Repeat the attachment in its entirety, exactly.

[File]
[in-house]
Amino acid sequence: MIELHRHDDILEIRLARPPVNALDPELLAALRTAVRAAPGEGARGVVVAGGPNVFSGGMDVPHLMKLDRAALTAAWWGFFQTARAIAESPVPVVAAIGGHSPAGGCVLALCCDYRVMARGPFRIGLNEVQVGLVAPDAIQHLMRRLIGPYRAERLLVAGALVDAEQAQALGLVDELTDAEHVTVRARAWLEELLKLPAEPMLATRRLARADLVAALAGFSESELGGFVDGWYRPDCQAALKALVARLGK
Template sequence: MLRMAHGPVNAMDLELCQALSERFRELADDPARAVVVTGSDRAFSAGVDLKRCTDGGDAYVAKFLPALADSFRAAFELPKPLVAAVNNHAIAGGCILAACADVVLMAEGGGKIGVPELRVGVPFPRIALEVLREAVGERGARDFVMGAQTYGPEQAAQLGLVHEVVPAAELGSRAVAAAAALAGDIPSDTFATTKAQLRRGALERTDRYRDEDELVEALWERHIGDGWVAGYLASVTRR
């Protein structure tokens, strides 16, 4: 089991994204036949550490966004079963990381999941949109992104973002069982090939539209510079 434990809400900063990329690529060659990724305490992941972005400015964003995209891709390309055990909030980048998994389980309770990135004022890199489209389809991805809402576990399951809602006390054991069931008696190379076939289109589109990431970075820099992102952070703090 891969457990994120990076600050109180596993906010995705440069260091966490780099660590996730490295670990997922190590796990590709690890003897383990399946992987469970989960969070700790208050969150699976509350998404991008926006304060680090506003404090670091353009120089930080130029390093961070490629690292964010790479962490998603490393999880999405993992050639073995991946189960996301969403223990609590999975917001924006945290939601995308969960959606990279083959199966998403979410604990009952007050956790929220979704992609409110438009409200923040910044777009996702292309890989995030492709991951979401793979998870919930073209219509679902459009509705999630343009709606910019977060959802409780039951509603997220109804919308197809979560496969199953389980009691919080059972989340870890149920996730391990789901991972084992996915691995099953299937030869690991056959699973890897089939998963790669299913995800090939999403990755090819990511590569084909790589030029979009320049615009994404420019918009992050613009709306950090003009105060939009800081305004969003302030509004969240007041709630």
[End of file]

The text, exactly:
[in-house]
Amino acid sequence: MIELHRHDDILEIRLARPPVNALDPELLAALRTAVRAAPGEGARGVVVAGGPNVFSGGMDVPHLMKLDRAALTAAWWGFFQTARAIAESPVPVVAAIGGHSPAGGCVLALCCDYRVMARGPFRIGLNEVQVGLVAPDAIQHLMRRLIGPYRAERLLVAGALVDAEQAQALGLVDELTDAEHVTVRARAWLEELLKLPAEPMLATRRLARADLVAALAGFSESELGGFVDGWYRPDCQAALKALVARLGK
Template sequence: MLRMAHGPVNAMDLELCQALSERFRELADDPARAVVVTGSDRAFSAGVDLKRCTDGGDAYVAKFLPALADSFRAAFELPKPLVAAVNNHAIAGGCILAACADVVLMAEGGGKIGVPELRVGVPFPRIALEVLREAVGERGARDFVMGAQTYGPEQAAQLGLVHEVVPAAELGSRAVAAAAALAGDIPSDTFATTKAQLRRGALERTDRYRDEDELVEALWERHIGDGWVAGYLASVTRR
């Protein structure tokens, strides 16, 4: 089991994204036949550490966004079963990381999941949109992104973002069982090939539209510079 434990809400900063990329690529060659990724305490992941972005400015964003995209891709390309055990909030980048998994389980309770990135004022890199489209389809991805809402576990399951809602006390054991069931008696190379076939289109589109990431970075820099992102952070703090 891969457990994120990076600050109180596993906010995705440069260091966490780099660590996730490295670990997922190590796990590709690890003897383990399946992987469970989960969070700790208050969150699976509350998404991008926006304060680090506003404090670091353009120089930080130029390093961070490629690292964010790479962490998603490393999880999405993992050639073995991946189960996301969403223990609590999975917001924006945290939601995308969960959606990279083959199966998403979410604990009952007050956790929220979704992609409110438009409200923040910044777009996702292309890989995030492709991951979401793979998870919930073209219509679902459009509705999630343009709606910019977060959802409780039951509603997220109804919308197809979560496969199953389980009691919080059972989340870890149920996730391990789901991972084992996915691995099953299937030869690991056959699973890897089939998963790669299913995800090939999403990755090819990511590569084909790589030029979009320049615009994404420019918009992050613009709306950090003009105060939009800081305004969003302030509004969240007041709630």